In Asia Pacific, the Internet of Things is fast becoming a competitive differentiator in almost every industry.
That’s according to a recent study from Forbes and sponsored by Hitachi Vantara. The report finds that in Australia and New Zealand (ANZ) specifically, 87% of respondents operate IoT programs designed to generate incremental value as opposed to cost savings or creating operational efficiencies.
This is significant when compared to the global figure of 60%.
And it’s not the only time in the report that Australasia stands out from other regions around the globe.
53% of ANZ respondents ranked artificial intelligence (AI) and machine learning as an important technology initiative in their company (compared to a 44% global average).
67% of ANZ respondents also placed these among the top priorities for the next five years, compared to 42% globally.
“The results of the survey demonstrate the clear impact that IoT is having on businesses in our part of the world. ANZ enterprises are more likely to design programs that generate incremental revenue and positively affect the bottom line,” explains Hitachi Vantara’s vice president and general manager for Australia and New Zealand, Nathan McGregor.
“The Forbes study also showed that to fully reap the rewards of the technical advances in IoT, enterprises need to address real and perceived challenges around IoT security and skills.”
Moreover, the most important objectives of IoT efforts in Australia and New Zealand to-date include: enhancing the customer experience (17% vs. 13% globally), increasing productivity (17% vs. 15% globally) and cost reduction (13% vs. 6% globally).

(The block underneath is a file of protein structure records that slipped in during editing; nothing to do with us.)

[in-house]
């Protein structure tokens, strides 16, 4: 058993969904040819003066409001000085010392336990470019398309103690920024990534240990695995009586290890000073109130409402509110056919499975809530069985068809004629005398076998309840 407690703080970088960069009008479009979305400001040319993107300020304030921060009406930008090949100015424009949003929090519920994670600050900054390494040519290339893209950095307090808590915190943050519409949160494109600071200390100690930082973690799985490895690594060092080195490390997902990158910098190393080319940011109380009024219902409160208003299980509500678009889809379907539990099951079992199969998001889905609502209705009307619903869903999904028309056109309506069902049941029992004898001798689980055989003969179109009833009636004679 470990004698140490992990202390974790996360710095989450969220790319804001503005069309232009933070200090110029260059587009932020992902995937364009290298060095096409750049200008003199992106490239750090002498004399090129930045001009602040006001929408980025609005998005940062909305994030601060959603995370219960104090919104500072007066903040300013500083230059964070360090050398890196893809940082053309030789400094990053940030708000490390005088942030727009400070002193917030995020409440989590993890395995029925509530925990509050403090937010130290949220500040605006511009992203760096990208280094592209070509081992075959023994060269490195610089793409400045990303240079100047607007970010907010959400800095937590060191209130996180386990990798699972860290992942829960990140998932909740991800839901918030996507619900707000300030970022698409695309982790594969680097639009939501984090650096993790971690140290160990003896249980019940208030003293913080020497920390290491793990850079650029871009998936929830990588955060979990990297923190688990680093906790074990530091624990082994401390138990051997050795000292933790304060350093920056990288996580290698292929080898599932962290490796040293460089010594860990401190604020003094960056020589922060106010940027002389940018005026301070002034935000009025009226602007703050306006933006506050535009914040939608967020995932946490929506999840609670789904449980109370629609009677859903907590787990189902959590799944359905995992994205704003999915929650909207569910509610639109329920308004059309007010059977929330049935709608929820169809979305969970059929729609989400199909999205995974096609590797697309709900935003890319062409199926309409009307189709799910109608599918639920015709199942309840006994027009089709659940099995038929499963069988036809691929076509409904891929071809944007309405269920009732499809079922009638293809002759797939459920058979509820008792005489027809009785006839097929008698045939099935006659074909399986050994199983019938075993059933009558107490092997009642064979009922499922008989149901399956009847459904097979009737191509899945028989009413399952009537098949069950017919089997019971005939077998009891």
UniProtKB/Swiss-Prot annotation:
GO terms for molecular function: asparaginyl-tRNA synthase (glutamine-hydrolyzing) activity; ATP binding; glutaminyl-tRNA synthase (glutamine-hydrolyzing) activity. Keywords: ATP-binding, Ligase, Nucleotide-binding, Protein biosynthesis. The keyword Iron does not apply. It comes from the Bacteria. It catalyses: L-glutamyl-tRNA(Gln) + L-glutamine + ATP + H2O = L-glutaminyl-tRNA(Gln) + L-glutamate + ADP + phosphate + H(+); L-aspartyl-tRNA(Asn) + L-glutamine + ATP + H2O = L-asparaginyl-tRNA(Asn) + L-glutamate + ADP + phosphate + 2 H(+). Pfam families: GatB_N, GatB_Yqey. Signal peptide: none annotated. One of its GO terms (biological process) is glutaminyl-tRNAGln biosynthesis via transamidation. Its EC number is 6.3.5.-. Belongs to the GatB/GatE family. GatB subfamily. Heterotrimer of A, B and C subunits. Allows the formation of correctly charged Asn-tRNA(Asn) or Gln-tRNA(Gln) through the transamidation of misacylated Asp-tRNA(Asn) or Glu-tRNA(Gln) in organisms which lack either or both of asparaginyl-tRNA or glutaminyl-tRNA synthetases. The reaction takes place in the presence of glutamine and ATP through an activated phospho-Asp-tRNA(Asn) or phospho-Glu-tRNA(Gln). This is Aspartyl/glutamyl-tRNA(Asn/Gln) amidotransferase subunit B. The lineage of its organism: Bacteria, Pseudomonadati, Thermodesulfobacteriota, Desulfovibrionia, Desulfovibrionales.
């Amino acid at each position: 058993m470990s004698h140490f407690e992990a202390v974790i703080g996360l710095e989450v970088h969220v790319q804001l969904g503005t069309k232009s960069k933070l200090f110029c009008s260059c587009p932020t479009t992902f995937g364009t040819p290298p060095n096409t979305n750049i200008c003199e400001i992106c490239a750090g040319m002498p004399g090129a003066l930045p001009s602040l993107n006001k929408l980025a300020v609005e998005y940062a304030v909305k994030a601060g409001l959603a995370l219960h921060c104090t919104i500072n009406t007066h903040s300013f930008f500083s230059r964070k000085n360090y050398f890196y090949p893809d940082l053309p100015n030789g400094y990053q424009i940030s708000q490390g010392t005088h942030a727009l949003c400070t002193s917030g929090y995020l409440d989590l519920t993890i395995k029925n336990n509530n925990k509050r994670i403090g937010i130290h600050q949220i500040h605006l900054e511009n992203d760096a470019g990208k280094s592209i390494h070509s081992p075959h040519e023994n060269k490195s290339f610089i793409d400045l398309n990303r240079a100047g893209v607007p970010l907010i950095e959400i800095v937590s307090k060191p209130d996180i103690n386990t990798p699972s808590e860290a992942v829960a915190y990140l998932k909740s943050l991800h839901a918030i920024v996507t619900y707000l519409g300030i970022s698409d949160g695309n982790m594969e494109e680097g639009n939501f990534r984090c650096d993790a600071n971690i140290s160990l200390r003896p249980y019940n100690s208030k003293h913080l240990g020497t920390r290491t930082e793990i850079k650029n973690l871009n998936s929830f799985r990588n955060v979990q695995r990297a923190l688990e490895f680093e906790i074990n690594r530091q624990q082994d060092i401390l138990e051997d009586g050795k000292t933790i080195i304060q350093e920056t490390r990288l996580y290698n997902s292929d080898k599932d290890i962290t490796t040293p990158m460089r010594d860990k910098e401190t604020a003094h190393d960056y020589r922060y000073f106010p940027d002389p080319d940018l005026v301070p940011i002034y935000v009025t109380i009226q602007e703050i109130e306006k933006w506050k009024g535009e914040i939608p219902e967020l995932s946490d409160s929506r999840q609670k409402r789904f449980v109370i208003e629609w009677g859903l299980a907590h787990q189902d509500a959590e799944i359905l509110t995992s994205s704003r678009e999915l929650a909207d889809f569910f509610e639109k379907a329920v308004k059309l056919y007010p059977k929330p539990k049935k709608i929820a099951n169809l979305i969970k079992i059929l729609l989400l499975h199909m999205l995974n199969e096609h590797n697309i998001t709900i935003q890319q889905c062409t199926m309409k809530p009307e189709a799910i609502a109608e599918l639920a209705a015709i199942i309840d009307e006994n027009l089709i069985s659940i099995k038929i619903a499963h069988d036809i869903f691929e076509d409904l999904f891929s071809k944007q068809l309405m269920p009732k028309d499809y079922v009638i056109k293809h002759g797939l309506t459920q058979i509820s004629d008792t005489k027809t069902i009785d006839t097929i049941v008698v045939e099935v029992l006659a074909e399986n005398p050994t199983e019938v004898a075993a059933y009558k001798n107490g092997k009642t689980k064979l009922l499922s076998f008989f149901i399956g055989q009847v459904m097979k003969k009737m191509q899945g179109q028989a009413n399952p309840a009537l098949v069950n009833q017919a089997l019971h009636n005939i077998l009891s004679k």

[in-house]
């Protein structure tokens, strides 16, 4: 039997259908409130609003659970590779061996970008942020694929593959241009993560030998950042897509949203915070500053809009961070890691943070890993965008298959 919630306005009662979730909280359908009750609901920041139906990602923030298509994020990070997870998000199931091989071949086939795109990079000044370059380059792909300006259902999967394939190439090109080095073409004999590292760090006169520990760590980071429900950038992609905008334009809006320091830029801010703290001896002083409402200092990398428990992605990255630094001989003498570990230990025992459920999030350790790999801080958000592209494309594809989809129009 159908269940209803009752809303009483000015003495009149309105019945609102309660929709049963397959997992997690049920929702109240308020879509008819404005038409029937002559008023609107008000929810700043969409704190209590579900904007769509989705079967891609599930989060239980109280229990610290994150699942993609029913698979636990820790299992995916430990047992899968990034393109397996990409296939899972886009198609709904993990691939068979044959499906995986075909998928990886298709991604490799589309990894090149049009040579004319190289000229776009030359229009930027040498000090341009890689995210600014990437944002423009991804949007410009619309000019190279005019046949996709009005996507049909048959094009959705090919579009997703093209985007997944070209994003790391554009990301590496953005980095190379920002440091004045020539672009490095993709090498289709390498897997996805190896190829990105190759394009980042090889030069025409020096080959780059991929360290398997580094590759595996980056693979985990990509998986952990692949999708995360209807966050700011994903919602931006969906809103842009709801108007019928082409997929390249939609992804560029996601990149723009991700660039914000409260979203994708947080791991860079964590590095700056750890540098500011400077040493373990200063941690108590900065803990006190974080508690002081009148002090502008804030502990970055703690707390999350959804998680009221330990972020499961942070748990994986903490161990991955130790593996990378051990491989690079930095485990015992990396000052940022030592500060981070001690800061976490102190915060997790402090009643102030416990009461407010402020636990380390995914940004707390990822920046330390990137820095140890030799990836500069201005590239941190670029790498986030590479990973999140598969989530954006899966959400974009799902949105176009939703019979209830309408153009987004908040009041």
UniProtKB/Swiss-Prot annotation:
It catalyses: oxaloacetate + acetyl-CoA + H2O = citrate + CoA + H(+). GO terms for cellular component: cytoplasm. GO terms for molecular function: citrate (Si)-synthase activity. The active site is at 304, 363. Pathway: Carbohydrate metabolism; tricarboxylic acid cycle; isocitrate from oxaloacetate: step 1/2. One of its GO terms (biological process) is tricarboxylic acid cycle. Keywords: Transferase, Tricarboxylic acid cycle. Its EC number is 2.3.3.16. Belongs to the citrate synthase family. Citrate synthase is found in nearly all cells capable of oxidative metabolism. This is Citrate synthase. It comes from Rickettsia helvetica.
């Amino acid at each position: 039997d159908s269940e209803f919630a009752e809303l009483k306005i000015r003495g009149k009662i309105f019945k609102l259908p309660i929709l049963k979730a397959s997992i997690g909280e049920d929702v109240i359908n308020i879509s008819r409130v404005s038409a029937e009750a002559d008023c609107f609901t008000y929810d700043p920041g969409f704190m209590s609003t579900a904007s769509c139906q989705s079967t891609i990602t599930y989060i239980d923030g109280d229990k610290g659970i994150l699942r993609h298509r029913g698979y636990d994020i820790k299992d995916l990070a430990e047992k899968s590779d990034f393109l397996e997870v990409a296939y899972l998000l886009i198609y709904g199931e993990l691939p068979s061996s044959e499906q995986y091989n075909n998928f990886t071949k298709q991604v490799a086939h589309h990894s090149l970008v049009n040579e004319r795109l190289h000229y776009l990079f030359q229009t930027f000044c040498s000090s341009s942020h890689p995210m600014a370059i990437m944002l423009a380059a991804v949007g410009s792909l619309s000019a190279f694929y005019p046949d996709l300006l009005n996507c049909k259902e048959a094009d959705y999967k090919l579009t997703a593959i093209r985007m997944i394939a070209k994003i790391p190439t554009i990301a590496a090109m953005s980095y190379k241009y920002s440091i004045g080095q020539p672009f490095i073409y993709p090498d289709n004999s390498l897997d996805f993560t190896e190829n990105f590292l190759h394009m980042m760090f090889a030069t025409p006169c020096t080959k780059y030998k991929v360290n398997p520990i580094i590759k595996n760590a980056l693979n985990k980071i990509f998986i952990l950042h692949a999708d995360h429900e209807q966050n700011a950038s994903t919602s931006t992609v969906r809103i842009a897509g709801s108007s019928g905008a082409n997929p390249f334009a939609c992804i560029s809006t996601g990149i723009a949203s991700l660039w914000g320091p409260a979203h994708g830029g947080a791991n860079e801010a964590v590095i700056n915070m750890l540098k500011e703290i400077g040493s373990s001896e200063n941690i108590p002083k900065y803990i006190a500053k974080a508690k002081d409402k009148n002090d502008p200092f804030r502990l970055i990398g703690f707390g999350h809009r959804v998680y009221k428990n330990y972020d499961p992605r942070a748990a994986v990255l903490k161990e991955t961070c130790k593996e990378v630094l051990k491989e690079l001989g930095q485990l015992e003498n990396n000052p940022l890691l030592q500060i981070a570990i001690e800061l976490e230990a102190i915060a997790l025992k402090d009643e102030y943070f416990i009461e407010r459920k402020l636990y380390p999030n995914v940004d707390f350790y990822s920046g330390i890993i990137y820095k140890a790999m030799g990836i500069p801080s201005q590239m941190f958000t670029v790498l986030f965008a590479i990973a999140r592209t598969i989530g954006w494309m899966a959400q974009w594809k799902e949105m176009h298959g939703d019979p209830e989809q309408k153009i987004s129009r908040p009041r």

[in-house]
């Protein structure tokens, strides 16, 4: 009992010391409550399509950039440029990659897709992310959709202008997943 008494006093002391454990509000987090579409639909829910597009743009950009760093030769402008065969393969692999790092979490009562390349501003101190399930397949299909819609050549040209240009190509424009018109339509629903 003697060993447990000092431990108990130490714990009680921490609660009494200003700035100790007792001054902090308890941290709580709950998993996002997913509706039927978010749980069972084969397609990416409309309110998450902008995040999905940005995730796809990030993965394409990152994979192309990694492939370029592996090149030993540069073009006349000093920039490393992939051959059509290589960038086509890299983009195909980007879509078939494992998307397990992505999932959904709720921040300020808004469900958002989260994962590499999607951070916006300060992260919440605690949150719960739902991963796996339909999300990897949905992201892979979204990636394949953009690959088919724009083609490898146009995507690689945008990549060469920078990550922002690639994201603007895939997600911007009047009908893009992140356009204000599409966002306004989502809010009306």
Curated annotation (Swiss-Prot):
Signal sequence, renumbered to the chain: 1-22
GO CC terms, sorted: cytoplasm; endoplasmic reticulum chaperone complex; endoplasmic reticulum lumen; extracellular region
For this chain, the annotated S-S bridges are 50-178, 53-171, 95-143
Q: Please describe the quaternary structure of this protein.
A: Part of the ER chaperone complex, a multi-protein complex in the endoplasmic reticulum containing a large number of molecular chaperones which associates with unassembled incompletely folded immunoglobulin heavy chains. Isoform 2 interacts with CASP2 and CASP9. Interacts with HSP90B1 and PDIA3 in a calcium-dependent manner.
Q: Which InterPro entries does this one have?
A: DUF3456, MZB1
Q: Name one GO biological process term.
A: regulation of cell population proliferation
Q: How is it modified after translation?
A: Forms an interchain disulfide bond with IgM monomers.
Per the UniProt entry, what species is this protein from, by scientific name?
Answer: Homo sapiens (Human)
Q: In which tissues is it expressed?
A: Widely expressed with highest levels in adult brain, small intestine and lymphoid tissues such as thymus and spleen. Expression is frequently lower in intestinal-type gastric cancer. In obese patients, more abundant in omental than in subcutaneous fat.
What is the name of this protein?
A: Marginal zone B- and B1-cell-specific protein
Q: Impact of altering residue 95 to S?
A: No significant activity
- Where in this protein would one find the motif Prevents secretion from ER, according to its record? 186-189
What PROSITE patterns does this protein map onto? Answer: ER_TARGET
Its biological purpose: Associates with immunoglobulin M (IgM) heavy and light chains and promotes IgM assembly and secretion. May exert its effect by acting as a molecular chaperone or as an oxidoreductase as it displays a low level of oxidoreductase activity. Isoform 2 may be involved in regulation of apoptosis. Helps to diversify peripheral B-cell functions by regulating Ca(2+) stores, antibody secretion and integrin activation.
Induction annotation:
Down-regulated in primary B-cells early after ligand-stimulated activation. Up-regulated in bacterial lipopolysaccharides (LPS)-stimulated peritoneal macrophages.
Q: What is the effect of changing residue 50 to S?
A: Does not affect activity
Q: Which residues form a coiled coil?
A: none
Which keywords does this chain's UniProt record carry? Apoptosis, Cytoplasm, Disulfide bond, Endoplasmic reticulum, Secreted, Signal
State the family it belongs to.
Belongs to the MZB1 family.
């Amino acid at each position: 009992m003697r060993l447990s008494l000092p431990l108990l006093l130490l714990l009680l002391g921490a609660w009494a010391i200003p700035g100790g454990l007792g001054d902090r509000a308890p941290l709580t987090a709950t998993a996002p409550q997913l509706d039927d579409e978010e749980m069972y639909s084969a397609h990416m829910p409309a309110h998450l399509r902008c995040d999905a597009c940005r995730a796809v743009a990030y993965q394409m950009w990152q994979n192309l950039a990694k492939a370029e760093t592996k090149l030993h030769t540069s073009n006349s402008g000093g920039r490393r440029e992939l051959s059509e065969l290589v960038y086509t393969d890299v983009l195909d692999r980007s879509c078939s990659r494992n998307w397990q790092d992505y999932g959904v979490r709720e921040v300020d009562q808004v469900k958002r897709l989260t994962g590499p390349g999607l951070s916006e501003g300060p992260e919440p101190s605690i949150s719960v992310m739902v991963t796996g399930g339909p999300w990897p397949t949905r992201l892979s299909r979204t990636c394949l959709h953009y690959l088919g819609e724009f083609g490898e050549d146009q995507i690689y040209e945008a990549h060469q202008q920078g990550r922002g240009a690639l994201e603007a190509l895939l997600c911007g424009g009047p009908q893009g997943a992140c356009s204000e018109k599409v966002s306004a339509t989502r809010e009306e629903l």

Additionally, 70% of ANZ respondents stated that their IoT strategy involved learning from small projects before moving on to larger-scale deployments, which compared to 65% globally.
The report also outlined a number of challenges local enterprises, in Australia and New Zealand, are facing in the IoT space.
Overall, these concerns are around IoT security and skills.
53% of ANZ respondents identified the greatest challenge their company faces when building out its IoT capabilities as keeping their IoT systems secure. This is interesting when compared to the global figure of 32%.
67% of ANZ respondents, and 44% globally, believe the consequences of a data breach in IoT presents greater consequences than other technology initiatives.
On top of this, 43% of ANZ respondents said they do not have the right personnel to manage the data generated by IoT programs, which compares to 29% globally.
“The findings of Forbes’ executive survey aligns with what we at Hitachi are also hearing from our customers: IoT is increasingly becoming a strategic imperative to effectively compete in the digital economy – and IoT is hard,” states Asim Zaheer, chief marketing officer at Hitachi Vantara.
Forbes conducted the study of more than 500 senior executives to better understand the current state of IoT. These executives are considered as leaders of IoT initiatives within their companies.
“It is imperative to ensure you have well-defined goals, outcomes and top-down support for your initiative at the outset, and a strong partner to help you drive your desired outcomes.”